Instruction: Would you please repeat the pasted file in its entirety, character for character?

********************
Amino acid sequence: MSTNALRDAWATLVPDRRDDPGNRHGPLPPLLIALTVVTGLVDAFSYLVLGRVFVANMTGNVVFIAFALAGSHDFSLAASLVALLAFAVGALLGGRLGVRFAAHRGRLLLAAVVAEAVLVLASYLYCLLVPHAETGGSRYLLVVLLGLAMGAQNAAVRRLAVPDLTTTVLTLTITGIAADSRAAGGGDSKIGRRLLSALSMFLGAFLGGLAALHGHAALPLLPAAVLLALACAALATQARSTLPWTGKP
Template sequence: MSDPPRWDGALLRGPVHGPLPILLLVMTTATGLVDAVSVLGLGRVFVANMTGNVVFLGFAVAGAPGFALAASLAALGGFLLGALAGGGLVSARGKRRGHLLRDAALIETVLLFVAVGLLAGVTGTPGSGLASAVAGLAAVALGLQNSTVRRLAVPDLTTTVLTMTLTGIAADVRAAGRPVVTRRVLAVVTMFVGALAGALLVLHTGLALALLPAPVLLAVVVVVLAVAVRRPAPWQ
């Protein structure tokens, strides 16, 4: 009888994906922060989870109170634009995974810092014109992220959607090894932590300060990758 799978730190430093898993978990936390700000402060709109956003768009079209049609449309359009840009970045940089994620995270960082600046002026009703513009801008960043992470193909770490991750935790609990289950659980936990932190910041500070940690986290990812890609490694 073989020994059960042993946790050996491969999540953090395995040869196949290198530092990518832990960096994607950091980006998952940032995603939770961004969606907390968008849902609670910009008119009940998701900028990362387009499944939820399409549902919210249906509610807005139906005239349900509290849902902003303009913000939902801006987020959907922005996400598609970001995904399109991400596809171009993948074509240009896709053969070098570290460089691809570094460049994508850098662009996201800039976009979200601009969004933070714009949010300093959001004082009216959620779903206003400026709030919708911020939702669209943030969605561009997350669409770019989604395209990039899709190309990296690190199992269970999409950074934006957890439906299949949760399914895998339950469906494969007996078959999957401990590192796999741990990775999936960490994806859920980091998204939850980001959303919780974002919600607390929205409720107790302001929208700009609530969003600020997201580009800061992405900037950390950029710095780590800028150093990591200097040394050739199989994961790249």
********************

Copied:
Amino acid sequence: MSTNALRDAWATLVPDRRDDPGNRHGPLPPLLIALTVVTGLVDAFSYLVLGRVFVANMTGNVVFIAFALAGSHDFSLAASLVALLAFAVGALLGGRLGVRFAAHRGRLLLAAVVAEAVLVLASYLYCLLVPHAETGGSRYLLVVLLGLAMGAQNAAVRRLAVPDLTTTVLTLTITGIAADSRAAGGGDSKIGRRLLSALSMFLGAFLGGLAALHGHAALPLLPAAVLLALACAALATQARSTLPWTGKP
Template sequence: MSDPPRWDGALLRGPVHGPLPILLLVMTTATGLVDAVSVLGLGRVFVANMTGNVVFLGFAVAGAPGFALAASLAALGGFLLGALAGGGLVSARGKRRGHLLRDAALIETVLLFVAVGLLAGVTGTPGSGLASAVAGLAAVALGLQNSTVRRLAVPDLTTTVLTMTLTGIAADVRAAGRPVVTRRVLAVVTMFVGALAGALLVLHTGLALALLPAPVLLAVVVVVLAVAVRRPAPWQ
């Protein structure tokens, strides 16, 4: 009888994906922060989870109170634009995974810092014109992220959607090894932590300060990758 799978730190430093898993978990936390700000402060709109956003768009079209049609449309359009840009970045940089994620995270960082600046002026009703513009801008960043992470193909770490991750935790609990289950659980936990932190910041500070940690986290990812890609490694 073989020994059960042993946790050996491969999540953090395995040869196949290198530092990518832990960096994607950091980006998952940032995603939770961004969606907390968008849902609670910009008119009940998701900028990362387009499944939820399409549902919210249906509610807005139906005239349900509290849902902003303009913000939902801006987020959907922005996400598609970001995904399109991400596809171009993948074509240009896709053969070098570290460089691809570094460049994508850098662009996201800039976009979200601009969004933070714009949010300093959001004082009216959620779903206003400026709030919708911020939702669209943030969605561009997350669409770019989604395209990039899709190309990296690190199992269970999409950074934006957890439906299949949760399914895998339950469906494969007996078959999957401990590192796999741990990775999936960490994806859920980091998204939850980001959303919780974002919600607390929205409720107790302001929208700009609530969003600020997201580009800061992405900037950390950029710095780590800028150093990591200097040394050739199989994961790249």